The creation of the single market in 1986 was arguably Margaret Thatcher’s most outstanding achievement. It was, particularly, the opportunity for British financial companies to serve a much larger European market which they seized with energy and skill. But something less tangible also happened. I felt it as a minister in Thatcher’s government. We had a seat at the table and had influence again. Post-Brexit, we see the growing international issues of the environment and global warming being discussed by our European neighbours in our absence.
It is easy to look back and list the unfulfilled promises. American concerns over the Northern Irish protocol have scuppered the US free trade deal, and the agricultural deal with Australia that even the minister who negotiated it has said is bad for Britain. Virtually no detail has emerged six years after we were told a bonfire of red tape would energise our economy. Instead, we are left with rumours and speculation that deter investment and provoke the concern of bodies such as the National Trust, the Wildlife Trust, and the RSPB.
Regulation is what separates the law of the jungle from civilised society. Three current issues will push the government to act; avian flu, the Grenfell Tower report and the collapse of the cryptocurrency company FTX are topical examples of why governments seek to regulate and protect us. Control of our borders was the essential Brexit issue. We were not promised the miserable, humiliating mess that our immigration policy has become.
The British people were deceived, and that becomes clearer every day. Every day the need to change direction becomes more urgent. It is harder to measure the economic impact because of the pandemic and the consequences of the Russian invasion of Ukraine. But if you look closely, the truth is emerging. The UK economy is over 5 per cent smaller, says the Centre for European Reform, than it would have been without Brexit. The consequence of erecting trade barriers with the EU means, says the Resolution Foundation, “a broad-based reduction in workers’ pay and productivity” that it estimated as a loss of £470 per worker per year. That is nearly a thousand pounds for the average couple.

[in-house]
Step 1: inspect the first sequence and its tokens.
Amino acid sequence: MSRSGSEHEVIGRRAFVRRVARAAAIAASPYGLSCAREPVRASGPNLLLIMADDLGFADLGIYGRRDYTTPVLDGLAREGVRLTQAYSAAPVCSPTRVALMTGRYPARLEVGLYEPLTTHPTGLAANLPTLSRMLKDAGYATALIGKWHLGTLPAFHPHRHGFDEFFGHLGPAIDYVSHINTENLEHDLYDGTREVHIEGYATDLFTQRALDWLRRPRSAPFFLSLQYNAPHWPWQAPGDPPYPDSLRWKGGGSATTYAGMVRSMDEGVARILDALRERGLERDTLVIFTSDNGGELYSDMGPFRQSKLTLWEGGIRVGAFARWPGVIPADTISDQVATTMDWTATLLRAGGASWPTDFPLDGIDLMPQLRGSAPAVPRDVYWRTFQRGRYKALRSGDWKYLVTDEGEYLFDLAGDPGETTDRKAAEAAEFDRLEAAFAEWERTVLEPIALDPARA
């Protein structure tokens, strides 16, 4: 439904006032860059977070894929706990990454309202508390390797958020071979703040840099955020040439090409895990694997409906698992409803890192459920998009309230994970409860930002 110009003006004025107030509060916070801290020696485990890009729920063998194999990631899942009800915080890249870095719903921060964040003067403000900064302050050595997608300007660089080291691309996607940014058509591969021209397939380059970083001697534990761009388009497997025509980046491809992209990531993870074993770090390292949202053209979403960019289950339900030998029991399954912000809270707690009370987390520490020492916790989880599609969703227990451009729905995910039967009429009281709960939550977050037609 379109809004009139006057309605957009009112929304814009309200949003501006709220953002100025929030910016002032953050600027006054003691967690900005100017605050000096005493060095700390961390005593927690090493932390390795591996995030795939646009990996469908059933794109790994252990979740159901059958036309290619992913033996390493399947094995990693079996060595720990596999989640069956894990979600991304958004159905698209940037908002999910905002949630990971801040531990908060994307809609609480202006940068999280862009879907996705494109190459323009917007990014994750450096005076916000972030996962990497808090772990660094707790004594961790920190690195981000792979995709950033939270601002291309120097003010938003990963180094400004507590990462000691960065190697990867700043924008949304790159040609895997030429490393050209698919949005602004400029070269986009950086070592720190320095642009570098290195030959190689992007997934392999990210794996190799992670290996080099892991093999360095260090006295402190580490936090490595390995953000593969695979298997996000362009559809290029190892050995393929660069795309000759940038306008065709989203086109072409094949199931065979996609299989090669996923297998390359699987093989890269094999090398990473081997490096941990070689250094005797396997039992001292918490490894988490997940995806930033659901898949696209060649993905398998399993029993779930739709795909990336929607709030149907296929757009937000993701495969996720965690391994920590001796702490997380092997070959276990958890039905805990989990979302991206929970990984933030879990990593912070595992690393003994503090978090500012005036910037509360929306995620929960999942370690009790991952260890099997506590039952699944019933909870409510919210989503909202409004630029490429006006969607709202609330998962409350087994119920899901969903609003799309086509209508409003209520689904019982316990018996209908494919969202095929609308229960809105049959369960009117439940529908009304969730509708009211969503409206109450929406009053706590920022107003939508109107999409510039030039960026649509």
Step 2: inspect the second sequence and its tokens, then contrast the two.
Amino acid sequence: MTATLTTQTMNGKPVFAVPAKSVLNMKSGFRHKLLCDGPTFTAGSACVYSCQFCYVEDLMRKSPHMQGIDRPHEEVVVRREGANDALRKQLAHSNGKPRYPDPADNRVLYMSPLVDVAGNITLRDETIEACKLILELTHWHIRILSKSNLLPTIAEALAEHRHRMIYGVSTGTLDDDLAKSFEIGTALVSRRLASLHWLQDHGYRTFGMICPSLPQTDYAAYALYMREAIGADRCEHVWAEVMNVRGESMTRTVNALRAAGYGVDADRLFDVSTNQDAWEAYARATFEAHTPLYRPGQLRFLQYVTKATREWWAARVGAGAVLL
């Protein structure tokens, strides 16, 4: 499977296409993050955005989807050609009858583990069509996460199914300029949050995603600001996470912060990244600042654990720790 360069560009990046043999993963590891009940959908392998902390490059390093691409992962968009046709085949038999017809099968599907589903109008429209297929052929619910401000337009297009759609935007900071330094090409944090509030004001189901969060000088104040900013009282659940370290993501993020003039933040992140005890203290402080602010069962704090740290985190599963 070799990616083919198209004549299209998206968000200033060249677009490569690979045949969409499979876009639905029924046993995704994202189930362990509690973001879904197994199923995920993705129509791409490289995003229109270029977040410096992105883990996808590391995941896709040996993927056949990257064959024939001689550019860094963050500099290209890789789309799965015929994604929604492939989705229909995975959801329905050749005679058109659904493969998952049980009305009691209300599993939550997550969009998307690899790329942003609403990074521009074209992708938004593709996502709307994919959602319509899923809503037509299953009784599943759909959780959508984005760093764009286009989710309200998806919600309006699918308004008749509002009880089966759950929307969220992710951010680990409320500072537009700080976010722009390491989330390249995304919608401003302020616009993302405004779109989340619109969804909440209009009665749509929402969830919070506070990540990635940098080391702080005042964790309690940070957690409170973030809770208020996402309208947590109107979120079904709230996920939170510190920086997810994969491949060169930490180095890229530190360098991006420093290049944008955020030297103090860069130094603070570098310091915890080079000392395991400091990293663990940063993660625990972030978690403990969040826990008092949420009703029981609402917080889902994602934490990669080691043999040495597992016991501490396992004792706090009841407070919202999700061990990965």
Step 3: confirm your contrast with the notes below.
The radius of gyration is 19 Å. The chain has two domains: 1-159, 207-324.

The Office for Budget Responsibility says that the weak UK-EU Trade and Cooperation Agreement means that our trade with the EU will fall by 15 per cent. And on top of all that, the sterling has plummeted by around 20 per cent from its value in 2016, adding to inflation.
A survey of its members by the British Chamber of Commerce published last week found that Britain’s Brexit trade deal fails to help more than three-quarters of companies increase sales or grow their business. Brexit is not irreversible, and public opinion is moving.
Sixty-five per cent think the government is handling Brexit poorly, 45 per cent think we should rejoin compared with 32 per cent in favour of staying out, and 58 per cent think we were wrong to leave compared with 42 per cent who think we were right. We need to start rebuilding bridges. It is time for a pragmatic, constructive policy towards Europe, one rooted in our shared history and with an appetite for restoring this country’s place at its heart.